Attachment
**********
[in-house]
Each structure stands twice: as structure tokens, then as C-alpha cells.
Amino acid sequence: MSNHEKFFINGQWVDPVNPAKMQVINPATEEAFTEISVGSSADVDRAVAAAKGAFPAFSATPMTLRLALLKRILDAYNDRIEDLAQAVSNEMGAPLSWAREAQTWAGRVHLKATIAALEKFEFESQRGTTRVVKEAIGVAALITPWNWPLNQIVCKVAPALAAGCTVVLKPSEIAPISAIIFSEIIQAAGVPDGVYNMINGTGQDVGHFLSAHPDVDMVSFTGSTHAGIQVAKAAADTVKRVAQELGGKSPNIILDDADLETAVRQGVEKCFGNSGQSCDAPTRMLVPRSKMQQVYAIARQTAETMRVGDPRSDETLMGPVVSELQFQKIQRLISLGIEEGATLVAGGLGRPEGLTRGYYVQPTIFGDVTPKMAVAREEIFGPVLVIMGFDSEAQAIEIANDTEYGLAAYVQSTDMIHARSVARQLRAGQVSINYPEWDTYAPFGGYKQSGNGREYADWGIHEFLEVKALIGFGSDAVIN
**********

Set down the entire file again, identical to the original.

[in-house]
Each structure stands twice: as structure tokens, then as C-alpha cells.
Amino acid sequence: MSNHEKFFINGQWVDPVNPAKMQVINPATEEAFTEISVGSSADVDRAVAAAKGAFPAFSATPMTLRLALLKRILDAYNDRIEDLAQAVSNEMGAPLSWAREAQTWAGRVHLKATIAALEKFEFESQRGTTRVVKEAIGVAALITPWNWPLNQIVCKVAPALAAGCTVVLKPSEIAPISAIIFSEIIQAAGVPDGVYNMINGTGQDVGHFLSAHPDVDMVSFTGSTHAGIQVAKAAADTVKRVAQELGGKSPNIILDDADLETAVRQGVEKCFGNSGQSCDAPTRMLVPRSKMQQVYAIARQTAETMRVGDPRSDETLMGPVVSELQFQKIQRLISLGIEEGATLVAGGLGRPEGLTRGYYVQPTIFGDVTPKMAVAREEIFGPVLVIMGFDSEAQAIEIANDTEYGLAAYVQSTDMIHARSVARQLRAGQVSINYPEWDTYAPFGGYKQSGNGREYADWGIHEFLEVKALIGFGSDAVIN